LETTER: Ethical code for statisticians

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From Dr. R. P. Saundby Sir: Regarding your article `Lies and damn lies' (19 December), from 1987 to 1988, I was director of medical personnel and training in the Ministry of Defence. A project at the time was to restructure the pay of armed services medical officers to a form more in parallel with that of a career in the NHS.

Having produced a paper for Treasury consideration containing statistical information that had been cleared by the MoD, I was shocked to hear a senior civil servant pass it to his statistics department with the instruction, "See if you can challenge these figures." My view was that although the merits of any proposed change were properly subject to debate, the facts on which the case was to be argued should be established beyond doubt as a preliminary to the main discussion.

I therefore arranged a meeting between the statisticians of the Treasury, the MoD and the British Medical Association at which I proposed that there was a general ethical duty of statisticians to establish agreed figures, and that they should not agree to behave as destructive members of a partisan team. Decisions were more likely to be sound if based on the best data available. The provision of "best data" was a professional responsibility of statisticians and it was unethical to allow figures to be distorted by covert departmental aims.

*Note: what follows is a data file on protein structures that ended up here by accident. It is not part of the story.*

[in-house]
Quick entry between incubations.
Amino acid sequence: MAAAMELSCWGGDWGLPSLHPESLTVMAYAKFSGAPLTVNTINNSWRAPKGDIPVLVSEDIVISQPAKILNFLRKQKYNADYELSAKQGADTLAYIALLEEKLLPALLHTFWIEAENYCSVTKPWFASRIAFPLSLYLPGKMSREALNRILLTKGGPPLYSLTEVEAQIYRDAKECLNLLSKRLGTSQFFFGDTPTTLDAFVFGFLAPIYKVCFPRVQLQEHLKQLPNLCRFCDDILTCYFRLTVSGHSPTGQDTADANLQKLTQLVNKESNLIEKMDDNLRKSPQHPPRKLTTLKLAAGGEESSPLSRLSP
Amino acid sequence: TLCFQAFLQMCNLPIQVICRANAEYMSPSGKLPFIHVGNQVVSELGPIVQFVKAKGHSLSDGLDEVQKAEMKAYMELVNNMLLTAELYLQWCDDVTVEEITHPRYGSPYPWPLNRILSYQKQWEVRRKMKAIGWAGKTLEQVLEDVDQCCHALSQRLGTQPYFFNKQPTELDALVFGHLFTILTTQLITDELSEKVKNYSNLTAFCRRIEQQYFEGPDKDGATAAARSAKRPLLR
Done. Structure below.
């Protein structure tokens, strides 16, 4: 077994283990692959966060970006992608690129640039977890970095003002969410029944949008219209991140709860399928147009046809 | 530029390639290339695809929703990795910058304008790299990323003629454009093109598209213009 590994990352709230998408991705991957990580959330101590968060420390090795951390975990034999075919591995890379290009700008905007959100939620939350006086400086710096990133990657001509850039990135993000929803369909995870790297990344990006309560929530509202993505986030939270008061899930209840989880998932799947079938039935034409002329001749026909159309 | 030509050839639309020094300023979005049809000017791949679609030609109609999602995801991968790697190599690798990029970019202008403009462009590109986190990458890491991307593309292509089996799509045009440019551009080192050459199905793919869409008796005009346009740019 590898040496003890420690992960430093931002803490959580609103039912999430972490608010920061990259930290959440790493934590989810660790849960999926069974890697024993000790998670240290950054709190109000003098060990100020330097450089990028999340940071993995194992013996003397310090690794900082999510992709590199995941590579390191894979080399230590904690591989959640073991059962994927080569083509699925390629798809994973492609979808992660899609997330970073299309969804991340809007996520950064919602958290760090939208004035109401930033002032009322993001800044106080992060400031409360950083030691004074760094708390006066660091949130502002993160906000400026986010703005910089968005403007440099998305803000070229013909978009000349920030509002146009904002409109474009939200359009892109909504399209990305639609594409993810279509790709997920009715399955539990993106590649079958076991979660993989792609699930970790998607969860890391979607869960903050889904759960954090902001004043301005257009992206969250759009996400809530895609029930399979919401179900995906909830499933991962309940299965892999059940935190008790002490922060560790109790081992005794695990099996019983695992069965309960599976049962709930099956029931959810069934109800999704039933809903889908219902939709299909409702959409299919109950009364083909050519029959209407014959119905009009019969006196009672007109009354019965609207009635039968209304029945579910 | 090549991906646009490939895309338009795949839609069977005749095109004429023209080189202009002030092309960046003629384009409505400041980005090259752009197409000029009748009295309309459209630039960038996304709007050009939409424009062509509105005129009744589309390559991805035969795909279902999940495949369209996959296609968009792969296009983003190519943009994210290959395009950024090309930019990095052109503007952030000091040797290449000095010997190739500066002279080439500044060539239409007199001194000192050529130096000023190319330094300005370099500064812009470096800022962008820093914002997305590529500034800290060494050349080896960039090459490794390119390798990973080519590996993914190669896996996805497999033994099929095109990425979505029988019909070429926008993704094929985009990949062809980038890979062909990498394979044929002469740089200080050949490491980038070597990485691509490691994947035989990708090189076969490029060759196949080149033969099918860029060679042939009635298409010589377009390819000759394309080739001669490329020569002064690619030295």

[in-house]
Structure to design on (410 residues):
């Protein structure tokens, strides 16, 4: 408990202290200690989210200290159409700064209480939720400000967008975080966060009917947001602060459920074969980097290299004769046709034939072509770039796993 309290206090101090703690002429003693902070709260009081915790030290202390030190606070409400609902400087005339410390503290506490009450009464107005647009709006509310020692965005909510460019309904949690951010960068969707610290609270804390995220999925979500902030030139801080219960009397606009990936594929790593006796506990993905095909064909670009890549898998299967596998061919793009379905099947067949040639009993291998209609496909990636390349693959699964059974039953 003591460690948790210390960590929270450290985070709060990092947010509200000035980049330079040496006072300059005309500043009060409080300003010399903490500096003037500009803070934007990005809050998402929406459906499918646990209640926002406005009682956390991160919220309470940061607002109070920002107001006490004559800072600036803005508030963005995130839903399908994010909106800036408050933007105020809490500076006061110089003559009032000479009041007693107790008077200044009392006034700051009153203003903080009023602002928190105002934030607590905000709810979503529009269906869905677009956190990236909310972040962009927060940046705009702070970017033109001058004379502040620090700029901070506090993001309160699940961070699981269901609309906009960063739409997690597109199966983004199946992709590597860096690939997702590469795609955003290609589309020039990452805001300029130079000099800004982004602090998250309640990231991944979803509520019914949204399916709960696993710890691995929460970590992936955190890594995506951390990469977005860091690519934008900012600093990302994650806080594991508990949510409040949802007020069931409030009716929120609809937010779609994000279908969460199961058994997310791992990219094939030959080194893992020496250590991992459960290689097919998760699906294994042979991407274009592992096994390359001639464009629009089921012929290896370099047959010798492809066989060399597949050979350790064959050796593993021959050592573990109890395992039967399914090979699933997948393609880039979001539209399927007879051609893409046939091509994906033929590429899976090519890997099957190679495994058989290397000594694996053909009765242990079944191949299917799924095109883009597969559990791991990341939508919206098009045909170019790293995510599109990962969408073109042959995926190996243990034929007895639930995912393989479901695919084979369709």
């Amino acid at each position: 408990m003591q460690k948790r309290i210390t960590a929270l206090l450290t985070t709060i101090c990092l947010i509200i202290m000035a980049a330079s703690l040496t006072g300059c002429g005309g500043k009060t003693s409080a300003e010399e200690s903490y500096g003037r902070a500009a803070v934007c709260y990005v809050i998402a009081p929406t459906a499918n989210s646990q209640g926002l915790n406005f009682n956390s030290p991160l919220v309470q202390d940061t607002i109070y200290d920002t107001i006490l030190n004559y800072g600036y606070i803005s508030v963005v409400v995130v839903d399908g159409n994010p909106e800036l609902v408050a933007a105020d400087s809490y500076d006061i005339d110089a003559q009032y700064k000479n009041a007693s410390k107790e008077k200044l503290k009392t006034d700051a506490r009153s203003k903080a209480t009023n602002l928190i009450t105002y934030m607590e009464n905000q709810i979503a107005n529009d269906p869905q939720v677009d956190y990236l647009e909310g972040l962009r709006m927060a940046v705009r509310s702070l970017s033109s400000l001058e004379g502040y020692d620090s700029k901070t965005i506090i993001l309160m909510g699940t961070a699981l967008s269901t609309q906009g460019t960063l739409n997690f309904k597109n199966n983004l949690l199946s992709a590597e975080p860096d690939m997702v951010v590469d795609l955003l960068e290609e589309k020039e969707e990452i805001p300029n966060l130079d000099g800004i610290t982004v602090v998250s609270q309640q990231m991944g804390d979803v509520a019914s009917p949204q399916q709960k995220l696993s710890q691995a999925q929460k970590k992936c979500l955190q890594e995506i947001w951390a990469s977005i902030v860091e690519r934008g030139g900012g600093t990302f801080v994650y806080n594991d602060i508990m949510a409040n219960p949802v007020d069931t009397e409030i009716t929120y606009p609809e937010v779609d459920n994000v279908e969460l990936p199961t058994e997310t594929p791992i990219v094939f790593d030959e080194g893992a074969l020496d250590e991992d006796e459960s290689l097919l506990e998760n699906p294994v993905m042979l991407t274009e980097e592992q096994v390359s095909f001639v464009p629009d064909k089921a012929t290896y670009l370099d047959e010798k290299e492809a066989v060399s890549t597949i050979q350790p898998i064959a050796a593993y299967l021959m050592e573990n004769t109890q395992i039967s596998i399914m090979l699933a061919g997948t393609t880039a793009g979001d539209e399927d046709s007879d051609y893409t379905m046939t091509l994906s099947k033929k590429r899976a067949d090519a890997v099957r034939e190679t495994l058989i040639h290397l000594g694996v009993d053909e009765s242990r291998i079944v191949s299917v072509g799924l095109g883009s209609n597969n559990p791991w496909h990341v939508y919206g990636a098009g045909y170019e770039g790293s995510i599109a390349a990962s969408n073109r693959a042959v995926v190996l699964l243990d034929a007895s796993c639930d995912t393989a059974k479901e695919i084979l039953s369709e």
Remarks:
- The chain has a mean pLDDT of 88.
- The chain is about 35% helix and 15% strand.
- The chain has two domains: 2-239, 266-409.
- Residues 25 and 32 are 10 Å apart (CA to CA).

This tactic was a great success. The statisticians were unanimous in their dislike of political pressure and their desire to treat statistical information in a neutral, dispassionate manner.

At the next Treasury meeting, the mandarin concerned repeated his tactic, only to be told by his own statistician: "These figures are accurate, and have been agreed by the statisticians of the parties concerned prior to this meeting."

I would suggest that you emphasise the ethical duty of professional statisticians to present data which is non-partisan. By this tactic you will be seen to be supporting a profession, rather than launching an attack on individuals who have usually been subject to unfair pressure.

Statisticians should be encouraged to develop an ethical responsibility so that none will support data that has been distorted. Failure to meet these standards should put professional careers at risk. I think that this would be welcomed by most responsible statisticians.

Yours faithfully, R. P. SAUNDBY Llangynidr, Crickhowell

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